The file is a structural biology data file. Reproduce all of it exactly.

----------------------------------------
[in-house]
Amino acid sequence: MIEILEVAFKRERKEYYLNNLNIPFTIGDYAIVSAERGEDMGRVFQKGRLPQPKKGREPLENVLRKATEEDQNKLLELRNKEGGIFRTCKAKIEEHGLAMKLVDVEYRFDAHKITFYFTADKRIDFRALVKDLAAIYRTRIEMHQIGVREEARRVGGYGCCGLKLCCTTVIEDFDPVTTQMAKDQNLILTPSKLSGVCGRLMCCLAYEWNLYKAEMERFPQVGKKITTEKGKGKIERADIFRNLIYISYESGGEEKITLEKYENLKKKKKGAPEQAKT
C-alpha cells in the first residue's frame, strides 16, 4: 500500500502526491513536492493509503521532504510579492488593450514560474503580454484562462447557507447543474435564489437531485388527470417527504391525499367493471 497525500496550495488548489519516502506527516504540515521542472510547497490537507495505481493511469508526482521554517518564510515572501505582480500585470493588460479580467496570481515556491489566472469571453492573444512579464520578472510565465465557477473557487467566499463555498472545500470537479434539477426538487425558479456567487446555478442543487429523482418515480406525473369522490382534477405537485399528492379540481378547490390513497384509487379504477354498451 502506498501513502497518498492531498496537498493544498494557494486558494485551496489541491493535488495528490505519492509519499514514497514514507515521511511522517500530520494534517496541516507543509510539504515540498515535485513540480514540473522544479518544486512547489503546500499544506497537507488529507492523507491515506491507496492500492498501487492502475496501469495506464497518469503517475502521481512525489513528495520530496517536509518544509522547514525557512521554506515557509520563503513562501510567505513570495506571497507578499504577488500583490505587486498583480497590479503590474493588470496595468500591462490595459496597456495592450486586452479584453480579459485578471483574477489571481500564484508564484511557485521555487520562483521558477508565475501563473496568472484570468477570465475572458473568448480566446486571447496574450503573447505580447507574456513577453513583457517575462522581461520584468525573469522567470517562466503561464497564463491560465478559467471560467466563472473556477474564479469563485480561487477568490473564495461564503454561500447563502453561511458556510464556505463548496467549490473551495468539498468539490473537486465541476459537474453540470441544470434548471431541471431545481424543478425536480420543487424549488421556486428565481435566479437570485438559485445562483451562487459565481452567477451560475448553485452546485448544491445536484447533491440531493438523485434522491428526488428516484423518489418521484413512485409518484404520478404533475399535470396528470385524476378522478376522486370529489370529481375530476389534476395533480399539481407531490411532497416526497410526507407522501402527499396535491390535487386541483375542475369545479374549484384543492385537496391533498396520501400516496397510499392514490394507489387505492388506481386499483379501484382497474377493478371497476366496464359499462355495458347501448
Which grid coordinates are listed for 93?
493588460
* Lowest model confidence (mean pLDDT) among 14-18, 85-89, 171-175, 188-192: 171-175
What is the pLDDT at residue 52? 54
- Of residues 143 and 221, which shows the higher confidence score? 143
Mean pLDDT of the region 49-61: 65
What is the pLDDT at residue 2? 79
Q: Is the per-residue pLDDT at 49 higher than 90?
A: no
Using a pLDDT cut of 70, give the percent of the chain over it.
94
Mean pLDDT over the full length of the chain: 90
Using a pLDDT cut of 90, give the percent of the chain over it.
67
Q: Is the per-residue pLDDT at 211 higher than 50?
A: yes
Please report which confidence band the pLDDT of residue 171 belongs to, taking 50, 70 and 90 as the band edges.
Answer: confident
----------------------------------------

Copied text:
[in-house]
Amino acid sequence: MIEILEVAFKRERKEYYLNNLNIPFTIGDYAIVSAERGEDMGRVFQKGRLPQPKKGREPLENVLRKATEEDQNKLLELRNKEGGIFRTCKAKIEEHGLAMKLVDVEYRFDAHKITFYFTADKRIDFRALVKDLAAIYRTRIEMHQIGVREEARRVGGYGCCGLKLCCTTVIEDFDPVTTQMAKDQNLILTPSKLSGVCGRLMCCLAYEWNLYKAEMERFPQVGKKITTEKGKGKIERADIFRNLIYISYESGGEEKITLEKYENLKKKKKGAPEQAKT
C-alpha cells in the first residue's frame, strides 16, 4: 500500500502526491513536492493509503521532504510579492488593450514560474503580454484562462447557507447543474435564489437531485388527470417527504391525499367493471 497525500496550495488548489519516502506527516504540515521542472510547497490537507495505481493511469508526482521554517518564510515572501505582480500585470493588460479580467496570481515556491489566472469571453492573444512579464520578472510565465465557477473557487467566499463555498472545500470537479434539477426538487425558479456567487446555478442543487429523482418515480406525473369522490382534477405537485399528492379540481378547490390513497384509487379504477354498451 502506498501513502497518498492531498496537498493544498494557494486558494485551496489541491493535488495528490505519492509519499514514497514514507515521511511522517500530520494534517496541516507543509510539504515540498515535485513540480514540473522544479518544486512547489503546500499544506497537507488529507492523507491515506491507496492500492498501487492502475496501469495506464497518469503517475502521481512525489513528495520530496517536509518544509522547514525557512521554506515557509520563503513562501510567505513570495506571497507578499504577488500583490505587486498583480497590479503590474493588470496595468500591462490595459496597456495592450486586452479584453480579459485578471483574477489571481500564484508564484511557485521555487520562483521558477508565475501563473496568472484570468477570465475572458473568448480566446486571447496574450503573447505580447507574456513577453513583457517575462522581461520584468525573469522567470517562466503561464497564463491560465478559467471560467466563472473556477474564479469563485480561487477568490473564495461564503454561500447563502453561511458556510464556505463548496467549490473551495468539498468539490473537486465541476459537474453540470441544470434548471431541471431545481424543478425536480420543487424549488421556486428565481435566479437570485438559485445562483451562487459565481452567477451560475448553485452546485448544491445536484447533491440531493438523485434522491428526488428516484423518489418521484413512485409518484404520478404533475399535470396528470385524476378522478376522486370529489370529481375530476389534476395533480399539481407531490411532497416526497410526507407522501402527499396535491390535487386541483375542475369545479374549484384543492385537496391533498396520501400516496397510499392514490394507489387505492388506481386499483379501484382497474377493478371497476366496464359499462355495458347501448
Which grid coordinates are listed for 93?
493588460
* Lowest model confidence (mean pLDDT) among 14-18, 85-89, 171-175, 188-192: 171-175
What is the pLDDT at residue 52? 54
- Of residues 143 and 221, which shows the higher confidence score? 143
Mean pLDDT of the region 49-61: 65
What is the pLDDT at residue 2? 79
Q: Is the per-residue pLDDT at 49 higher than 90?
A: no
Using a pLDDT cut of 70, give the percent of the chain over it.
94
Mean pLDDT over the full length of the chain: 90
Using a pLDDT cut of 90, give the percent of the chain over it.
67
Q: Is the per-residue pLDDT at 211 higher than 50?
A: yes
Please report which confidence band the pLDDT of residue 171 belongs to, taking 50, 70 and 90 as the band edges.
Answer: confident